World History

Civics/Gov

U.S. History

9-12

10:20 am-11:15 am

The Rise of Right-Wing Populism in Europe and North America

Dr. David Faris

Since Brexit in Europe and the election of President Donald Trump in the United States, increased attention has been paid to the rise of parties and figures on the political right. Many of these organizations work together and are also united by a growing dissatisfaction with, and waning commitment to, electoral democracy itself. This presentation will examine what has caused these parties to gain popularity and take power in some countries.

World History

Civics/Gov

9-12

10:20 am-11:15 am

Thinking Intensive Reading

Ms. Stefanie Geeve & Ms. Nessa Slowinski

This session will look at ways to help students increase their reading comprehension within the social studies classroom through a variety of strategies.  Students’ reading stamina has shifted.  How can teachers use reading targets, annotation moves, and aligned formative experiences to engage students in thinking-intensive reading of texts, visuals, podcasts, and documentaries?  Participants will examine ways to assess reading standards and provide a variety of strategies that support critical thinking, collaboration, creativity, and communication.  

Pedagogy

10:20 am-11:15 am

The Do’s and Don’ts in Teaching about Asian Americans

Ms. Esther Hurh

To ensure the authentic and respectful teaching of the Asian American experience, this session will present key pedagogical principles for teachers to apply to their planning and implementation of the TEAACH Act. This session will include an overview of implementation tools, including teacher created Asian American Education Resource (AAER) database, to assist teachers in their efforts to include the Asian American experience in their lessons.

U.S. History

6-12

10:20 am-11:15 am

The Status of the Illinois SAFE-T Act and What Your Students Should Know About It

Mr. Tom Murray & Judge Brian McKillip

After much political wrangling, amendments, and compromise, this presentation will clarify the actual status of the controversial Illinois SAFE-T Act.  This legislation includes changes to policing, pre-trial process, sentencing, as well as the cash bail situation and the limits of judicial discretion. This session will provide the most current update on the status of the act.

Civics/Gov

Sociology

10:20 am-11:15 am

Understanding the 2022 Protests in Iran [virtual]

Dr. Wendy Pearlman

On September 16, 2022, Iran’s Guidance Patrol arrested 22-year-old Mahsa (Jina) Amini for wearing the mandatory headscarf improperly. Her death in custody sparked protests that spread to dozens of cities, as well as other forms of unprecedented civil disobedience. This session will examine the nature of the Iranian political system, the recent history of protest movements in Iran, and prospects for political change in the Islamic Republic. Dr. Pearlman will be presenting virtually to an in-person audience.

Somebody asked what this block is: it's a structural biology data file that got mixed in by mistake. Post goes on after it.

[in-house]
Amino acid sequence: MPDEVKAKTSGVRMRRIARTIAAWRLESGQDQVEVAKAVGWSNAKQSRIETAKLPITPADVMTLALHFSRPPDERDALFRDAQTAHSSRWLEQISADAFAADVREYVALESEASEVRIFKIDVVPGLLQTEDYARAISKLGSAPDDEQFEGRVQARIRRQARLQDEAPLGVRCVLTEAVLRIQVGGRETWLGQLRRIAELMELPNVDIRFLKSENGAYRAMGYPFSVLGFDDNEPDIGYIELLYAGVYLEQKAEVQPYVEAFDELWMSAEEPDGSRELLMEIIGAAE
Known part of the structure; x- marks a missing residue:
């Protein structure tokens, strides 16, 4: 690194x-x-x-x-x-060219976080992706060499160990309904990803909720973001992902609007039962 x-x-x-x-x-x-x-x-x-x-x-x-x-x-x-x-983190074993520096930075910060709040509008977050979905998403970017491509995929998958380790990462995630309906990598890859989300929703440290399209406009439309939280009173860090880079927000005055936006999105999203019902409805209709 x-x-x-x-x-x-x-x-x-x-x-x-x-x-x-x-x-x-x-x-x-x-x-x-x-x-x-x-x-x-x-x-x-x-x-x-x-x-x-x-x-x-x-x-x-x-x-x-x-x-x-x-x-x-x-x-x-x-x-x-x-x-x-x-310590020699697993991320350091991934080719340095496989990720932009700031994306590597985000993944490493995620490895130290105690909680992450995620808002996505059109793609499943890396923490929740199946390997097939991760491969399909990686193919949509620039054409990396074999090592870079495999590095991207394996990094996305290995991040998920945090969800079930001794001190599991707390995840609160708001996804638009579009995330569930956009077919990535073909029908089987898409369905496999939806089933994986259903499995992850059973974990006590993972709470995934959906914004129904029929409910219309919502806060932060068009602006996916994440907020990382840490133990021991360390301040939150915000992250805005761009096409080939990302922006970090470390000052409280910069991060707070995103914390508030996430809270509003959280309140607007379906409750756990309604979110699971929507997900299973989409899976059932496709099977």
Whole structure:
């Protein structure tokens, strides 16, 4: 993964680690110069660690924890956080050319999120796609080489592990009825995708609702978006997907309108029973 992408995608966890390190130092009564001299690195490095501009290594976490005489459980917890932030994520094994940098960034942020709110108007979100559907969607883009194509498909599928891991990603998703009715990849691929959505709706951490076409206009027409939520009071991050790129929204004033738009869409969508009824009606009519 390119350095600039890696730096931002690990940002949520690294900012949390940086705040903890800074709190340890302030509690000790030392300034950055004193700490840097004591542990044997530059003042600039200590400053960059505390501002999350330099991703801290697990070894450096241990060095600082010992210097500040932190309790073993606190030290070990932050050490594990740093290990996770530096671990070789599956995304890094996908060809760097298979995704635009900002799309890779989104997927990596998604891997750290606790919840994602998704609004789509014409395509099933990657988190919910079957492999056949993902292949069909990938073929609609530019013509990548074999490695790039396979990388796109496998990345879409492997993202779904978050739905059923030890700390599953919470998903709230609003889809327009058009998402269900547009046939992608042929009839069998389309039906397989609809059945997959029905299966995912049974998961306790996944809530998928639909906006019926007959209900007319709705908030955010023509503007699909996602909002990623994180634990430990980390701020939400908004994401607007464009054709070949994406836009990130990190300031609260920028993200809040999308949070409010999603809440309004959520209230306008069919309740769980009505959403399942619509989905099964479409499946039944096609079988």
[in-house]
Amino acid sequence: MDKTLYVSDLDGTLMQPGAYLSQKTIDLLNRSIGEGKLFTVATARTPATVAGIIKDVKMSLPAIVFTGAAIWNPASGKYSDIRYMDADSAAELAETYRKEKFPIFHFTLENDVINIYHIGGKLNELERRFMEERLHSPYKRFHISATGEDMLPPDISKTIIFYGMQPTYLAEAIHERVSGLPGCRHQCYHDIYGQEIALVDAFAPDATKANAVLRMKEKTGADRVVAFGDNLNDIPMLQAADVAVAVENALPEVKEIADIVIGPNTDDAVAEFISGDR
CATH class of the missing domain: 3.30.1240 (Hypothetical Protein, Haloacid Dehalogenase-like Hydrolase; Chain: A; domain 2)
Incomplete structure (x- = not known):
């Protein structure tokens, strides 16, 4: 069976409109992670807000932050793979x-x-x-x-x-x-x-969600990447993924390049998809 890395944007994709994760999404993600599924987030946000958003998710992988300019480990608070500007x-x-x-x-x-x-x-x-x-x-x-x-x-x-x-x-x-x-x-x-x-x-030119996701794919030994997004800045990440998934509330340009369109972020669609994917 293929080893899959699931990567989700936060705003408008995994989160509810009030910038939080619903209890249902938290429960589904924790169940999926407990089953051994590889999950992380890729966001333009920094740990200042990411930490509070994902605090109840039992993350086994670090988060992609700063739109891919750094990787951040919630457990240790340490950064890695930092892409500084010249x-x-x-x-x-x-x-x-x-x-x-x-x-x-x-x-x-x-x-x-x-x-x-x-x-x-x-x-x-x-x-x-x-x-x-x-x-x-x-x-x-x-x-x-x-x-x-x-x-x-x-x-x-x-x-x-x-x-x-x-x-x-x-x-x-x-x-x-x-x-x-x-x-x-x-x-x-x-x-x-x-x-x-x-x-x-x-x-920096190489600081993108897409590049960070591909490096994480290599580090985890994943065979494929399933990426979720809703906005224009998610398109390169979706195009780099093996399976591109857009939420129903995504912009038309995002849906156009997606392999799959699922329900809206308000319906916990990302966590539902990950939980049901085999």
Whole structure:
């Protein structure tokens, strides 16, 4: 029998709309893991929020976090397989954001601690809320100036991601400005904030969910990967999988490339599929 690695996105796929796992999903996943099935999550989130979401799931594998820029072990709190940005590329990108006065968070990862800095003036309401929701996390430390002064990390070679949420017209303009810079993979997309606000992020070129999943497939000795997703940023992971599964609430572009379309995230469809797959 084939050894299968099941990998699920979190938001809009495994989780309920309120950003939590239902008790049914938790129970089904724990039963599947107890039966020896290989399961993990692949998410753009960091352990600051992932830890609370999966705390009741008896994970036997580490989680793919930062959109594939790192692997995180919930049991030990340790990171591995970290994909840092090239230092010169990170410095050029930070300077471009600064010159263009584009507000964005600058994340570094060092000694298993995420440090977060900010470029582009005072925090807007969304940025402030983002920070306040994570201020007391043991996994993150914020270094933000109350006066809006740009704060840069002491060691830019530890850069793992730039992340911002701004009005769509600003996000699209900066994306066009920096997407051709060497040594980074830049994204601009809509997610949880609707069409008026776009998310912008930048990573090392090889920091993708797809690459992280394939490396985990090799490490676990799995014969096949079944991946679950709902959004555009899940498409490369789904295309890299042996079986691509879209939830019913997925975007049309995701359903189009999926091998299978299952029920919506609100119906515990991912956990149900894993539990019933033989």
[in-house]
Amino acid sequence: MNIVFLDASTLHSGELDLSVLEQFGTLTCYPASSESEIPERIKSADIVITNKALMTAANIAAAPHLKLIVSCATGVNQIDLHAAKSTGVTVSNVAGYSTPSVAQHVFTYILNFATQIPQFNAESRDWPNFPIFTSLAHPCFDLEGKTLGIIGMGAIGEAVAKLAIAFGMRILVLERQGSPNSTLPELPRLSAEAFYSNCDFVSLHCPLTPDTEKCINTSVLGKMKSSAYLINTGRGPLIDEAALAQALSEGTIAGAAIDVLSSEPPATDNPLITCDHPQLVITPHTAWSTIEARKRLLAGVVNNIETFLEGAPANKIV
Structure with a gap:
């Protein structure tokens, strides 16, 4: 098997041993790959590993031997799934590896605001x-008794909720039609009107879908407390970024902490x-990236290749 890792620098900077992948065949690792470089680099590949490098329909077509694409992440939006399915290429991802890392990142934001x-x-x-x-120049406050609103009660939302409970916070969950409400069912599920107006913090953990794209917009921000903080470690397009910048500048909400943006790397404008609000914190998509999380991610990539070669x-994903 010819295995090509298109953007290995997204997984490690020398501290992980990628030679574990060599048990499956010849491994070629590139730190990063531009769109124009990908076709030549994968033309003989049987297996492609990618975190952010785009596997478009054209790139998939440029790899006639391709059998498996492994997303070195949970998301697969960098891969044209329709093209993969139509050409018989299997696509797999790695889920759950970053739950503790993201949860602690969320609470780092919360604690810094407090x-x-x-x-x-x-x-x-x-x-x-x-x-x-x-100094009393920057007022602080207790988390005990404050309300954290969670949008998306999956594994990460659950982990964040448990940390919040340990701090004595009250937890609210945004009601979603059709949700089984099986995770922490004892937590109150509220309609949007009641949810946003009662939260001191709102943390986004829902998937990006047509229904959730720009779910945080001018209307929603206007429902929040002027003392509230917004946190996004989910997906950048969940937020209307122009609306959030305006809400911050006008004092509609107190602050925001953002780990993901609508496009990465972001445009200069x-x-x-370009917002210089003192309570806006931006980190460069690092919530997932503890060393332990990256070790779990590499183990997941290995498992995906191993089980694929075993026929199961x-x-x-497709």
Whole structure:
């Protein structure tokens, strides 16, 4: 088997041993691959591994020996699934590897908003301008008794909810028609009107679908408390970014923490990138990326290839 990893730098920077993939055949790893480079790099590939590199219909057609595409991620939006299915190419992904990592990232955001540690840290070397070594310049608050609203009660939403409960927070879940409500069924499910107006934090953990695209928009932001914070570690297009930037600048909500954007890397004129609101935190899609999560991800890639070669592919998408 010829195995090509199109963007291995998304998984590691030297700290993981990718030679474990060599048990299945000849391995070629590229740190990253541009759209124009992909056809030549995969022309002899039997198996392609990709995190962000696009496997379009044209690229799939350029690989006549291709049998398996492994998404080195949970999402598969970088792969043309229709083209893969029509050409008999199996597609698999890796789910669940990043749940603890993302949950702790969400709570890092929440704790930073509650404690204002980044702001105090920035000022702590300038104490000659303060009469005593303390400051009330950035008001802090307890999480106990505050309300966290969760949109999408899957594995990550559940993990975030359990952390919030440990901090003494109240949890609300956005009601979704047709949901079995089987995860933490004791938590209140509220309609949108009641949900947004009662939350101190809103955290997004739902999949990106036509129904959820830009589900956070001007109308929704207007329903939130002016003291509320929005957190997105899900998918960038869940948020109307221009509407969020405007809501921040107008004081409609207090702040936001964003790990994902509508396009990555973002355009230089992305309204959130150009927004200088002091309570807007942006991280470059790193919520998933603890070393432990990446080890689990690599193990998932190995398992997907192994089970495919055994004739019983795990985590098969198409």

World History

10:20 am-11:15 am

What Exclusion Looked Like in DuPage: Sundown Towns, Restrictive Covenants, & Segregated Spaces

Dr. Andrea Field

This session will explore the devices and tools used locally such as restrictive covenants, sundown town practices and homeowner preferences which prevented people of color and religious minorities from accessing area housing.  This session will highlight the influences from corporations, churches and colleges in DuPage county that influenced suburban housing.

Geography

Sociology

Civics/Gov

10:20 am-11:15 am

Inflation: Causes, Consequences & Historical Perspective 

Ms. Leslie McGranahan

This presentation will focus on recent patterns in inflation, how it is measured, and how current conditions differ from the past.  It will also discuss why inflation is problematic and the actions taken by the Federal Reserve to address inflation.

9-12

Session IV: 12:05-1:00 PM - Speaker Session

12:05 pm-1:00 pm

How to Read Like an Historian

Dr. Joel Breakstone

Join Stanford History Education Group’s Joel Breakstone for an introduction to the Reading Like a Historian curriculum. During this interactive workshop, participants will  learn about the research upon which the curriculum is based, explore the curriculum’s design principles, and complete a model lesson.

Pedagogy

U.S. History

6-12

12:05 pm-1:00 pm

Why Trauma-Informed Practices Must be Anti-Racist

Dr. Sophia Duffy

Americans are more politically polarized at both the elite and population levels than at any time since the Civil War. Toxic polarization makes democratic governance difficult, if not impossible, leading to divided, dysfunctional institutions, and driving distrust of decision makers and one another. This session will trace the trajectory of political polarization in the U.S., examine its underlying causes, discuss its implications for social studies education, and conclude with steps we can take as citizens and teachers to ameliorate it.